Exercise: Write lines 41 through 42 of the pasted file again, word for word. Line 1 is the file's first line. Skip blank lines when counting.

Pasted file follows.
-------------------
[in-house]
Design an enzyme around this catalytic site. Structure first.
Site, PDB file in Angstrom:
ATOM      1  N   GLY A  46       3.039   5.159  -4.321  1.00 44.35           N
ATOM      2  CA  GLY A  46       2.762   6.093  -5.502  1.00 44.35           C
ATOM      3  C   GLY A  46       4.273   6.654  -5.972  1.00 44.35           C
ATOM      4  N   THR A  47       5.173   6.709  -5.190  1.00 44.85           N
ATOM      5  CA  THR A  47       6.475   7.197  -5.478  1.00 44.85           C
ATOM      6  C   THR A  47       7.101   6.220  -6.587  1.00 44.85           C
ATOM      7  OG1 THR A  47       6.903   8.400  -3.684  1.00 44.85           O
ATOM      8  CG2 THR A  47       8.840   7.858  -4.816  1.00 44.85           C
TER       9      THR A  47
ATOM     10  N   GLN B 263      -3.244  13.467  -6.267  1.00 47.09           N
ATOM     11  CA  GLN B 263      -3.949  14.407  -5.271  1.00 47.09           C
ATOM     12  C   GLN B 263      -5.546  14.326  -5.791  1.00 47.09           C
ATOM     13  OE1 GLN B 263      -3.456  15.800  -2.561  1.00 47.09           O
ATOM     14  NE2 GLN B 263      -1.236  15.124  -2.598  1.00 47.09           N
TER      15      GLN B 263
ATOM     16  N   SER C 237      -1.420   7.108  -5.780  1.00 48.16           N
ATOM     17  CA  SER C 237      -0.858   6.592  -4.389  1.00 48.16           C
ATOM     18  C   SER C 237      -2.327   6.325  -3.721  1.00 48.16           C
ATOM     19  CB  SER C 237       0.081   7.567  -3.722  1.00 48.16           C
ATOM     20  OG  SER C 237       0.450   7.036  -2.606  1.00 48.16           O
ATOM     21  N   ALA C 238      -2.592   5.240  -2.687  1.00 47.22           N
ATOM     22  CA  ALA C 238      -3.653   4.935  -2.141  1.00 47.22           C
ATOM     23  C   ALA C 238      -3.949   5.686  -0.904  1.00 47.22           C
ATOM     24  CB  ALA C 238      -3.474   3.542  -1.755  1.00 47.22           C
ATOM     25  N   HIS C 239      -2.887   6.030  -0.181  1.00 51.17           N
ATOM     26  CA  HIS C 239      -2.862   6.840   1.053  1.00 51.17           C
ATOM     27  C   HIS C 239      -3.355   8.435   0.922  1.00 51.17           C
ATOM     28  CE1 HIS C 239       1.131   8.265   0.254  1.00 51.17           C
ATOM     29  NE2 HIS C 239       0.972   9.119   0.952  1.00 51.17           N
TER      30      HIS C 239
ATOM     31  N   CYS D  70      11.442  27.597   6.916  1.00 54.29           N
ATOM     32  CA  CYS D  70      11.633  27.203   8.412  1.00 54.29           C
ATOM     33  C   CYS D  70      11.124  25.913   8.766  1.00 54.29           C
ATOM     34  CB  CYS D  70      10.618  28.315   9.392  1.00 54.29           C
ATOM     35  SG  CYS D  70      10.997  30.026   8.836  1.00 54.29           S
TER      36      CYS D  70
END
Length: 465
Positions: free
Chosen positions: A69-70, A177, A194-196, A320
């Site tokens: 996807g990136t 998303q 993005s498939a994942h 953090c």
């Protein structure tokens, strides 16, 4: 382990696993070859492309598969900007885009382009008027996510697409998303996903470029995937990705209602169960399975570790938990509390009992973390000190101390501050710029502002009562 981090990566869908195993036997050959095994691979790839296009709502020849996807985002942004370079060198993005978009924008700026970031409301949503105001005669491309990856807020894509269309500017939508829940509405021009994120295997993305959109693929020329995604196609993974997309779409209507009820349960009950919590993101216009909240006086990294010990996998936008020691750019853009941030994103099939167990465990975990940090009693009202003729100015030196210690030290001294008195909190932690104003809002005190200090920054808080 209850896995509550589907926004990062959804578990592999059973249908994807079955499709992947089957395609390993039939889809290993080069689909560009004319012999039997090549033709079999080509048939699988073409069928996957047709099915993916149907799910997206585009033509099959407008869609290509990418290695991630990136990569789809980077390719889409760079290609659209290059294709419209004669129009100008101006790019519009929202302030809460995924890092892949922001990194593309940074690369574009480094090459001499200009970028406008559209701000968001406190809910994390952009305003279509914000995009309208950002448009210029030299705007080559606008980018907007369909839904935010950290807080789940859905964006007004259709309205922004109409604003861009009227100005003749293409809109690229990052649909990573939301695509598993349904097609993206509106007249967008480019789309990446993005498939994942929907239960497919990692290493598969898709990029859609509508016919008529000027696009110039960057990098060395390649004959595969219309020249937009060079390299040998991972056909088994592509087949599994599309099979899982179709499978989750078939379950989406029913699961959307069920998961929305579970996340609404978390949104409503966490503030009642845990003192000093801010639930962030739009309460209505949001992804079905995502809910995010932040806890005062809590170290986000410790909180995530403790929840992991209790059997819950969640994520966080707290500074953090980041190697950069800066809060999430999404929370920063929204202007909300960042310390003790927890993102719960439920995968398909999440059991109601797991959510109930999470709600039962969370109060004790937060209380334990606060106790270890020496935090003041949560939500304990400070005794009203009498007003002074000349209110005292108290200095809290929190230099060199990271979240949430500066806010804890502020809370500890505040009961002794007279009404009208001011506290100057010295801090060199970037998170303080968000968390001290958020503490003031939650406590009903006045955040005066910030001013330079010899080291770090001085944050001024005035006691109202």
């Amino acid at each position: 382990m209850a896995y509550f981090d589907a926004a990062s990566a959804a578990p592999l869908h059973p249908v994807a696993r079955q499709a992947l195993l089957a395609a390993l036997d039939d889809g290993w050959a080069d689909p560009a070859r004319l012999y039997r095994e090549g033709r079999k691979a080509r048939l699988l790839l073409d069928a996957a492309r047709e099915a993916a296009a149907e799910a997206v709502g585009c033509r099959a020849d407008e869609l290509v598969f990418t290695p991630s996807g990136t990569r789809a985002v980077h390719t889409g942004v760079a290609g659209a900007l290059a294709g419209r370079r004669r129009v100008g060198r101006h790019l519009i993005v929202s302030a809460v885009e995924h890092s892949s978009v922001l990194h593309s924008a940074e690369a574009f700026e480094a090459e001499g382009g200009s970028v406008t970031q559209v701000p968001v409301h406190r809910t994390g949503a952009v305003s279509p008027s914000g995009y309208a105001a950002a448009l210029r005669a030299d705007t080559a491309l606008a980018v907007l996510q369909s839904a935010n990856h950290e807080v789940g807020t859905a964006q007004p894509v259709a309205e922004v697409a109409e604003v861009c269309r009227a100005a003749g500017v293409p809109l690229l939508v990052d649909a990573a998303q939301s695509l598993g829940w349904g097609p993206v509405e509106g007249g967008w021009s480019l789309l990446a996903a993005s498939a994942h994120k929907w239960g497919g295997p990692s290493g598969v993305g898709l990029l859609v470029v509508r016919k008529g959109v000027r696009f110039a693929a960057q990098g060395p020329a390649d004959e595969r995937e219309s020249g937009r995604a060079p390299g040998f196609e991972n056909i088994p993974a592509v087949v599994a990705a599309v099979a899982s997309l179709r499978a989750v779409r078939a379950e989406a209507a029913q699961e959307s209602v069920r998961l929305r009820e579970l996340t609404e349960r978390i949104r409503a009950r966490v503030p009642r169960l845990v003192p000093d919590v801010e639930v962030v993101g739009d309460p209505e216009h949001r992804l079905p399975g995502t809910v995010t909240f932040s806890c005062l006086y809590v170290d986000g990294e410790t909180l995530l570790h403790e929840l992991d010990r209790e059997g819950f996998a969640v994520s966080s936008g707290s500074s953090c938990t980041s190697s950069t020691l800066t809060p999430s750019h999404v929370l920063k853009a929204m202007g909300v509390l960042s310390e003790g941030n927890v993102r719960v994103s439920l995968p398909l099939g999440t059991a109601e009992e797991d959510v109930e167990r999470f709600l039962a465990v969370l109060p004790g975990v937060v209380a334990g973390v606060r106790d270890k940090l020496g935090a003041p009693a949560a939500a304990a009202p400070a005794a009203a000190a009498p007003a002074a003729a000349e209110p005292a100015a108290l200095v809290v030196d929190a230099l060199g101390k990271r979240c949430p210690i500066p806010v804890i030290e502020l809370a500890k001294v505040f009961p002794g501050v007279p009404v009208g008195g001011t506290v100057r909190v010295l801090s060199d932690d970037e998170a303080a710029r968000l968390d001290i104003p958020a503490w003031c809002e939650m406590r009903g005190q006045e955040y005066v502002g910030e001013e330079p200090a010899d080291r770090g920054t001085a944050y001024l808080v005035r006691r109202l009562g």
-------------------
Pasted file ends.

Length: 465
Positions: free